Formed in Los Angeles in 1981, The Bangles are an American band, who had several hit singles through out the 1980s. The bands hits included "Walk Like An Egyptian", "Hazy Shade Of Winter", and the 1989 No.1 single "Eternal Flame". The band officially broke-up in 1989 but almost ten years later, in 1998, started drifting back together . In 1999, they officially re-formed to record a song for the soundtrack of "Austin Powers: The Spy Who Shagged Me". The reunion continued with a tour in 2000 and in 2003 they released, "Doll Revolution", their first album since 1988's "Everything". Their classic line-up consisted of Michael Steele on bass and vocals, founding members Susanna Hoffs on vocals and rhythm guitar, Debbi Peterson on drums and vocals, and Vicki Peterson on lead guitar and vocals. In 2005, The Bangles announced the departure of Michael Steele who left due to artistic disputes over touring and recording.
The Best of Chuck Mangione collects various tracks from the smooth jazz pioneer's '80s Columbia recordings. While not as influential as Mangione's '70s output, his '80s albums retain much of what made him so popular an artist – catchy hooks, lush production and his clear, crisp trumpet sound. Included are such standout tracks as "Journey to a Rainbow," "Love Bug Boogie" and "Memories of Scirocco." Oddly, a live version of "Land of Make Believe" and the single version of "Feels So Good" make it on to this collection. These '70s hits don't really belong here, but should satisfy casual fans looking for his most popular recordings alongside his mid-career stuff.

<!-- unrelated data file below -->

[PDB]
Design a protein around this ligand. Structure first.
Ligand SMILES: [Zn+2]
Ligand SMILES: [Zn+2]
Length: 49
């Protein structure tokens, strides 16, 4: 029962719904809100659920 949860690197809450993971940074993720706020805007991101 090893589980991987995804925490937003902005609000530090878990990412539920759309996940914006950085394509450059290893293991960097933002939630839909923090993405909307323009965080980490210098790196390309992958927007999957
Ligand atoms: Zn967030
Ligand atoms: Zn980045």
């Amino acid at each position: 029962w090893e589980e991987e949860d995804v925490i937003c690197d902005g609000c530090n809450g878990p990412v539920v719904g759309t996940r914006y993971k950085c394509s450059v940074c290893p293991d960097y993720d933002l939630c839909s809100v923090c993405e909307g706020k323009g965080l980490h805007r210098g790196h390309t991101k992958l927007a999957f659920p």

Sad Café was a British soft rock outfit, that enjoyed a recording somewhat successful career from the mid-'70s through the early '80s. The group's leader, singer Paul Young (not the same Paul Young that scored the '80s hit "Every Time You Go Away"), got his start with music in the mid-'60s, when he fronted a forgotten Manchester group called the Toggery Five, which included a few members that would later go on to join prog rockers Jethro Tull – guitarist Mick Abrahams and drummer Clive Bunker. By the early '70s, Young was fronting another forgotten outfit, Gyro, and by 1976, opted to leave the band – taking Gyro guitarist Ian Wilson with him. Young then formed Sad Café, along with members of another Manchester band, Mandalaband (Ashley Mumford [guitar], Vic Emerson [keyboards], John Stimpson [bass], Tony Creswell [drums]), who had issued an obscure self-titled release in 1975.